I am back on the podcast after my little holiday break!
Building community is my main focus for 2019 and I just moved all my programs over to Mighty Networks, so it made total sense to kick things off with a ramble on these things. If you also feel you want to build more community and connection around your business this episode is for you! Listen to learn about:
- How my understand of community in business has changed over the years and why it takes time to unlearn competition
- What tools and software I am using to facilitate online communities
- Why I think Patreon is a great way to build a mutually supportive network
- What services and programs I am offering in 2019
Listen to the Embodied Business Podcast
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⋒ Hi, my name is Yarrow and I am your host.
My Embodied Business podcast explores what it means to build a livelihood with integrity, joy and anti capitalist values. I offer practical guidance on tech, strategy, ethical marketing, creativity and money and interview other small business owners who do things their own way.
You can learn more about my work, listen to other episodes or join my community at PinkWellStudio.com
You can also sign up for my newsletter - I share free workshop invitations, resources, ideas & new episodes about once per month! ⋒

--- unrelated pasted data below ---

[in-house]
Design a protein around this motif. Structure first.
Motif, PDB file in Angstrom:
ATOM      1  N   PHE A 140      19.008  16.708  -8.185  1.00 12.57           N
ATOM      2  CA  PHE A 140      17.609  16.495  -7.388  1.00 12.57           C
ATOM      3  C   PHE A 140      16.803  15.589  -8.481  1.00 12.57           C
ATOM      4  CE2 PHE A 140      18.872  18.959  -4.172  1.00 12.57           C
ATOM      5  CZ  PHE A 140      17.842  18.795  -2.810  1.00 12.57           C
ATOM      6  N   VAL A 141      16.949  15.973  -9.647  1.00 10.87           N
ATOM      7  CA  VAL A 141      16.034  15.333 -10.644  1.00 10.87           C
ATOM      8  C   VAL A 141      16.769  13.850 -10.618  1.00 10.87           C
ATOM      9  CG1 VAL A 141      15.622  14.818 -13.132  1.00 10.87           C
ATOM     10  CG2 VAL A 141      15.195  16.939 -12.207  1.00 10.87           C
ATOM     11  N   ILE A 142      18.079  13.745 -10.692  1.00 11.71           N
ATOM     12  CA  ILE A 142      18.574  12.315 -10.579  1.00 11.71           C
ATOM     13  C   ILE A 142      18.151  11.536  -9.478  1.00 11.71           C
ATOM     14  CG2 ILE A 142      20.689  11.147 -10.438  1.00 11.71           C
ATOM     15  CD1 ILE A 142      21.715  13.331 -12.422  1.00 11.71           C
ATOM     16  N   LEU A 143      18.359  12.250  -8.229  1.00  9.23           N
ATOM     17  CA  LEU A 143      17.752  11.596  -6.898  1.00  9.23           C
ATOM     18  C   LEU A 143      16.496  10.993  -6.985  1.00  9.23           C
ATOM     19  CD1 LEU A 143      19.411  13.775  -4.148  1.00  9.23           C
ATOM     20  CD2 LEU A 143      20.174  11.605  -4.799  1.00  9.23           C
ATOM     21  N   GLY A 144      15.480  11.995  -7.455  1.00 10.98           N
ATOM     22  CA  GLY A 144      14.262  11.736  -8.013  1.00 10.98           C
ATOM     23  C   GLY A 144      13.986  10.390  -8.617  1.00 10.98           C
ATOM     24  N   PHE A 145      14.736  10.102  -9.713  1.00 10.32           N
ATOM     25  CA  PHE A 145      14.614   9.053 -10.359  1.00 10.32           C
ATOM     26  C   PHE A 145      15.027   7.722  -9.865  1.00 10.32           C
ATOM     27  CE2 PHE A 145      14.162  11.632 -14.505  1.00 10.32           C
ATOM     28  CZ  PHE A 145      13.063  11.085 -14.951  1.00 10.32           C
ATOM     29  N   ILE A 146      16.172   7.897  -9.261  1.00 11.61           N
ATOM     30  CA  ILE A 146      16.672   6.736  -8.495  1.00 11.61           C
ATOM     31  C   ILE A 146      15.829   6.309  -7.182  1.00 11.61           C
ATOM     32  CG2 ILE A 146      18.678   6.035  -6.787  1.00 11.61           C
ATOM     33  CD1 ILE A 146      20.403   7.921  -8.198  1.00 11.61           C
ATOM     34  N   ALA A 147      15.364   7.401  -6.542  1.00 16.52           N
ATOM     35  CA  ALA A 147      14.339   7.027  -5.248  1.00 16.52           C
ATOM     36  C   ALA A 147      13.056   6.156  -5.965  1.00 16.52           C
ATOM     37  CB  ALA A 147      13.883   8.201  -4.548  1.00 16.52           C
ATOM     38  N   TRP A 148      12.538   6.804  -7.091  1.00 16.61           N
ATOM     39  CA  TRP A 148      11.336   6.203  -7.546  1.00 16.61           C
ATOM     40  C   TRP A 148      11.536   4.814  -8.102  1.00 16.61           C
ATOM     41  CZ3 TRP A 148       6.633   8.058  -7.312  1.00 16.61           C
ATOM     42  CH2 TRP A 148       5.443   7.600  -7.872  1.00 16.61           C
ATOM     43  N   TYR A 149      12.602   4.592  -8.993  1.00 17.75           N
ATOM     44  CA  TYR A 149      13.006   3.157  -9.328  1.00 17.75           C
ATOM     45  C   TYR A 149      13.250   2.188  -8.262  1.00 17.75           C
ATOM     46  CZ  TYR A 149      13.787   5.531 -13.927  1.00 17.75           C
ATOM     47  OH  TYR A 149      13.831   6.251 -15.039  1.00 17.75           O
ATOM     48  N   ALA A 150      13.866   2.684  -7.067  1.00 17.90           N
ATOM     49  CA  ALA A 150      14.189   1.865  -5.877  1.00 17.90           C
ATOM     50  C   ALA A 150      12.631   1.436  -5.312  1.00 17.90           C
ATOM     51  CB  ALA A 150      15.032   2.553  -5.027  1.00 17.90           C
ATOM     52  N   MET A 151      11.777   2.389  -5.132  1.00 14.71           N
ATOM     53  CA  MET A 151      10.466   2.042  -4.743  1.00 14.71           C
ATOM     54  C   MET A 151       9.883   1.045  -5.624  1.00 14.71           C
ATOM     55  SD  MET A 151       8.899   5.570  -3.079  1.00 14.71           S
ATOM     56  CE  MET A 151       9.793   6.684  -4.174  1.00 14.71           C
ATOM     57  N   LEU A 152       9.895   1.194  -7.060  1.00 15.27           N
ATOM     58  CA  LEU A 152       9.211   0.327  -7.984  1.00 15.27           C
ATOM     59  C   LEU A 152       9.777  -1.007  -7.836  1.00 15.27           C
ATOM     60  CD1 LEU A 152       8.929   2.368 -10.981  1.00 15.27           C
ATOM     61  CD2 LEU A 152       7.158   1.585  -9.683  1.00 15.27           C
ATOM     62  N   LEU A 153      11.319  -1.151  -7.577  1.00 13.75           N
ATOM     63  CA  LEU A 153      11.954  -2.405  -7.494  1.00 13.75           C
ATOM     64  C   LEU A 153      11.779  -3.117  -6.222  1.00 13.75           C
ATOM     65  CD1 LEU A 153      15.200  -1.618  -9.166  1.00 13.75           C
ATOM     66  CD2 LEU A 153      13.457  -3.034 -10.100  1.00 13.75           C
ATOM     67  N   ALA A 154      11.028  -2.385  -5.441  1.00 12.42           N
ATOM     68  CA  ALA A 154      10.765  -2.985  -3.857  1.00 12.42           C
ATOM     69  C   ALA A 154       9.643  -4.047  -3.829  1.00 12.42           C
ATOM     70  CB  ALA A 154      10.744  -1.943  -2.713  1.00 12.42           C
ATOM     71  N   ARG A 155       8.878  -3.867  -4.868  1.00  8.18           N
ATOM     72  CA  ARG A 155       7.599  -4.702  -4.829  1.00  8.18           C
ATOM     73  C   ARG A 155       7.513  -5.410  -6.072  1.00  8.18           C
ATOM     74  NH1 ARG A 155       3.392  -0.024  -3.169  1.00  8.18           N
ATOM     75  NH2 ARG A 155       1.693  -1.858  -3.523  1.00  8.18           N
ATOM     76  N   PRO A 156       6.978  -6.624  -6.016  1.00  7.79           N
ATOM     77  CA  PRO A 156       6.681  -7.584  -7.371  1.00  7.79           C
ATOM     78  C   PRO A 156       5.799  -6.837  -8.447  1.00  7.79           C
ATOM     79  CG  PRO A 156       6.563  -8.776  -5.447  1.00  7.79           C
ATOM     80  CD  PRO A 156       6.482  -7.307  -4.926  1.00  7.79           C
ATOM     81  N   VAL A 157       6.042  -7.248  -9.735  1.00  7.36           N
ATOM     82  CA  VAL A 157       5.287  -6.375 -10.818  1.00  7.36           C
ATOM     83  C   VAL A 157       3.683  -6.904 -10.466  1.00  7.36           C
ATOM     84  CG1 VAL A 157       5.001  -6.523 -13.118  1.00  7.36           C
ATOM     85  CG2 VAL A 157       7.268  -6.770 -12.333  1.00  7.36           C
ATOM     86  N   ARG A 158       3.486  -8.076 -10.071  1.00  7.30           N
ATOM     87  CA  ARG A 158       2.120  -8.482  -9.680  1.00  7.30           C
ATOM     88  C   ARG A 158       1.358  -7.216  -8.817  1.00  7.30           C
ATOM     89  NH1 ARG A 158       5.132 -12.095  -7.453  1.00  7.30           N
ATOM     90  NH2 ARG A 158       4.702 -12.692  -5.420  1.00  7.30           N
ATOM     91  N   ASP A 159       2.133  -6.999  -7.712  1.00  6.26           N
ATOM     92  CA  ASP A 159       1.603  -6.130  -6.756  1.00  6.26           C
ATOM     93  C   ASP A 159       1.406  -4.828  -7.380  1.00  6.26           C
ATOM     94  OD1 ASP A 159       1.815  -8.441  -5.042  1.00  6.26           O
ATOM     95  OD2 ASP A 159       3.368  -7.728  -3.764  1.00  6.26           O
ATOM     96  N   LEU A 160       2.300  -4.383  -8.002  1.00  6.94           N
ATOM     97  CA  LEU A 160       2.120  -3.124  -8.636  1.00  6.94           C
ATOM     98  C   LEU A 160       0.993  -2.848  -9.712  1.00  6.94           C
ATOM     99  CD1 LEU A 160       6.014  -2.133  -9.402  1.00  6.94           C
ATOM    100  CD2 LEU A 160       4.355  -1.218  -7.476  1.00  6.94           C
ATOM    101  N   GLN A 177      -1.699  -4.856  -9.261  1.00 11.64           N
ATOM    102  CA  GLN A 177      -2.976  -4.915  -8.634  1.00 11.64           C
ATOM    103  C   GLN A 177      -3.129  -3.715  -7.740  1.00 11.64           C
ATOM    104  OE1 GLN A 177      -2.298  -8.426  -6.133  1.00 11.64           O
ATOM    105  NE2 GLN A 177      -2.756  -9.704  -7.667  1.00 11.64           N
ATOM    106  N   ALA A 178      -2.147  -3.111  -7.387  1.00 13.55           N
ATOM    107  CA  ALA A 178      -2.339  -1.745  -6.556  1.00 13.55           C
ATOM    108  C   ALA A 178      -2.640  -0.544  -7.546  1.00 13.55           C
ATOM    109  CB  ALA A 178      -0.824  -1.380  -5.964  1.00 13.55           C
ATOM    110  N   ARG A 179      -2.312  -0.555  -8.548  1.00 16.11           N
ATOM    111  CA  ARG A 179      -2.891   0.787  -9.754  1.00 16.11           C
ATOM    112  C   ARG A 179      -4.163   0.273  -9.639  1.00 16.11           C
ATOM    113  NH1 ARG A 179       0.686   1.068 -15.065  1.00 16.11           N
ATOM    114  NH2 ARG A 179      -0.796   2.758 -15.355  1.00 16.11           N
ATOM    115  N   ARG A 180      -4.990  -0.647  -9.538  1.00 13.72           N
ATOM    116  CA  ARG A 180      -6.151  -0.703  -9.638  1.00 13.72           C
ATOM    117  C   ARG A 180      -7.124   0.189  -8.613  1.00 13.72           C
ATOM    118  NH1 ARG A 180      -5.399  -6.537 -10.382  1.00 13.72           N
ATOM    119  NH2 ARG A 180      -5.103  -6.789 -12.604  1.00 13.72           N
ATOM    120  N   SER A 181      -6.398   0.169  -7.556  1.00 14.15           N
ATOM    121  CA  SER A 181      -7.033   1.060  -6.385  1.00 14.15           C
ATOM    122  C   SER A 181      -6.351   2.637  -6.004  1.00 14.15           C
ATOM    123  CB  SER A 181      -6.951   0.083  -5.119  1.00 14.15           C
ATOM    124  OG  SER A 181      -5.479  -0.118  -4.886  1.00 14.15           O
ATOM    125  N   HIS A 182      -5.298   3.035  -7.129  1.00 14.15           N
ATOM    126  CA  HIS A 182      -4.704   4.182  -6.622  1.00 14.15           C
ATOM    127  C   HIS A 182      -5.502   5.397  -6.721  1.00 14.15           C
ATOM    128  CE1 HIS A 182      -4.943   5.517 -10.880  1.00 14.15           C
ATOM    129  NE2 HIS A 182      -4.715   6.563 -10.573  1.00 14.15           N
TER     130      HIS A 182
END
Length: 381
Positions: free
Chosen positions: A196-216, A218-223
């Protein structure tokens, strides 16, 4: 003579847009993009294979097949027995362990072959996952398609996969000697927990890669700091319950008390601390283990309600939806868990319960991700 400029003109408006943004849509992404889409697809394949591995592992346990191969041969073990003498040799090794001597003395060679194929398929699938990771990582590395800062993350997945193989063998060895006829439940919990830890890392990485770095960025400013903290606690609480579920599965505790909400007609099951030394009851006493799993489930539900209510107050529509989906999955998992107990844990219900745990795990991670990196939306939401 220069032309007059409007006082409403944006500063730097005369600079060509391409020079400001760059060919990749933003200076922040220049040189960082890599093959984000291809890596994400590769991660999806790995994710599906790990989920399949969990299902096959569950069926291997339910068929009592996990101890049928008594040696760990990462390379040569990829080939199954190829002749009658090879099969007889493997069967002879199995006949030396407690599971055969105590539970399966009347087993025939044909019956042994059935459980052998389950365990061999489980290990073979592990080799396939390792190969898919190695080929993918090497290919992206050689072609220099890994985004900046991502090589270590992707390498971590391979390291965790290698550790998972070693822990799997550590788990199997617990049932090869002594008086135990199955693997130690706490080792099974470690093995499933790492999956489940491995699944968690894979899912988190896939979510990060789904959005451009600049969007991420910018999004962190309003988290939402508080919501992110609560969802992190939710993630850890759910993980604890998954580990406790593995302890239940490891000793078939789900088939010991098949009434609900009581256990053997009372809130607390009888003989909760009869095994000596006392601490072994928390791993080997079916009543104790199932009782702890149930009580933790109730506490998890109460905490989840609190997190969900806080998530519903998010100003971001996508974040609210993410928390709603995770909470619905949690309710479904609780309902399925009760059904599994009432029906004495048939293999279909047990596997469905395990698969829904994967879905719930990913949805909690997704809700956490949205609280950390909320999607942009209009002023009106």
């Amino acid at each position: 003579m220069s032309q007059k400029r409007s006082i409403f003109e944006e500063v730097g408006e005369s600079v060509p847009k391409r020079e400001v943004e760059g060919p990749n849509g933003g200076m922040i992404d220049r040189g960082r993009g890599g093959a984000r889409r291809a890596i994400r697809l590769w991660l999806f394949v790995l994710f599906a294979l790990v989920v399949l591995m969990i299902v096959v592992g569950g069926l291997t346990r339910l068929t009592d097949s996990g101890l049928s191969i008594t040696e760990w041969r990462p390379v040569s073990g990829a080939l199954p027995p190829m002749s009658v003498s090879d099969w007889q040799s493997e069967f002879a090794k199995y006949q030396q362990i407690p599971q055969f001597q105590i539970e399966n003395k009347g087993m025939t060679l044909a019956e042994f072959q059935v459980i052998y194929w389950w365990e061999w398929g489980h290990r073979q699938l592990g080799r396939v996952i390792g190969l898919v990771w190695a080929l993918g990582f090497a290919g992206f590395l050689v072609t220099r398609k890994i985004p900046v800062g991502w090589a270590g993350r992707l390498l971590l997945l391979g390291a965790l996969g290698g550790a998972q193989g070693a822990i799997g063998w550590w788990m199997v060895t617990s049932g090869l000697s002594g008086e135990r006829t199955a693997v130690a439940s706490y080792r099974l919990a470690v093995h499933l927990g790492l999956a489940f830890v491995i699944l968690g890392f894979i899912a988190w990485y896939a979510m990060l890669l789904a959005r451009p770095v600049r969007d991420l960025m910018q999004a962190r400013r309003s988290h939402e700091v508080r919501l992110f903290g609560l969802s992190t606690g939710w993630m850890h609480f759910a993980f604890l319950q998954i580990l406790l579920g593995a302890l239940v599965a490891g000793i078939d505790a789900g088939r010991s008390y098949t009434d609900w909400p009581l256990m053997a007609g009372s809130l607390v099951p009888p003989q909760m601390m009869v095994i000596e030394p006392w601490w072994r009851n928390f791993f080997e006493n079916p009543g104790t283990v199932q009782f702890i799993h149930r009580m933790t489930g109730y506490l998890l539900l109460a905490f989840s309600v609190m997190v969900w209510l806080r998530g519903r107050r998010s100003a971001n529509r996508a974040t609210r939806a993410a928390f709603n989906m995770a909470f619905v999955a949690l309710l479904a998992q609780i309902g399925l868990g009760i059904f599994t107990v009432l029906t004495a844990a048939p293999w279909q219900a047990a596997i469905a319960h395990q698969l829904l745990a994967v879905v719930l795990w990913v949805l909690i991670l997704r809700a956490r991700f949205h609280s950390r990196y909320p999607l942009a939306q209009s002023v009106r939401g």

Hey, everyone, my name is Yarrow and you’re listening to the DIY small business podcast. I’m back, I’ve been on a bit of a Christmas break, which is really beautiful. I kind of gathered my thoughts, I had a deep chill, I spend some time with family, I dove deeper into some hobbies, you got to have those as well. And now I’m slowly coming back to the world of business and want to reconnect with all of you. So this episode is all about community and how to build it around your business and why that’s important. And I think community, for me will be the main focus in my business for the whole year. So it kind of made sense to have an episode in the beginning, to dive deeper into that subject, and to tell you more about how I’m currently building community, how I’m thinking about it, but also how I technically and which, with which software, I’m supporting the building of community, which I think is just as important. Before I dive in, I want to give you a little catch up to what I’ve been up to this winter. So you might have heard that I’ve moved all my courses and programmes from teachable to mighty networks, which was a tonne of work and my Christmas break. But it was so worth it. And I really wanted to get that done before. I’m kind of diving, you know, really diving into the year and working with clients again, so teachable was great. There’s nothing wrong with that platform. But I really noticed that I loved people communicating with each other through the commenting portion of that. But it could have been better because teachable is a course platform. Mainly it’s not a network as such. And then the other thing that was on my mind was that I ran more than 20 free workshops last year. But it was amazing. It was such a great way to get to know of you and, you know, make connections and see what everyone is up to and think critically about stuff and how to do things differently. And the one thing that many people said during and after those workshops was that it was so amazing to not feel alone. And so, so yeah, I yeah, I feel the same, it can be really lonely, to work for yourself, or even if you have a small team. There’s just so many decisions to make on a day to day basis. And it’s really beautiful to have a sounding board and people who get it and know what it’s like. So yeah, that that just seemed like a really big priority. So I moved everything over to mighty networks, which if you don’t know it, it’s it’s a platform that also supports courses, but it’s primarily and networking, you can think of it as a Facebook, but not on Facebook. And everyone has their own little profile, there’s a feed there’s groups. And then there’s courses in my case. And there’s also a live chat. It’s just a lot, much easier to navigate. I think there’s also a mobile app, which I really love because it means you can now take my courses wherever you are. The app, again is super easy to navigate. And you’ll find a tonne of like minded people, which I really appreciate. So we’ve already started introducing ourselves and exploring courses. And then the next module of the magic embodiment came out, which is a year long programme, all about ritual and magic and folk herbalism. And the theme for the month is expression, which felt really good at the beginning of the year. And then the DIY, small business core was renamed, was formerly a DIY business magic programme. And that’s also part of the programme now proud of the platform. And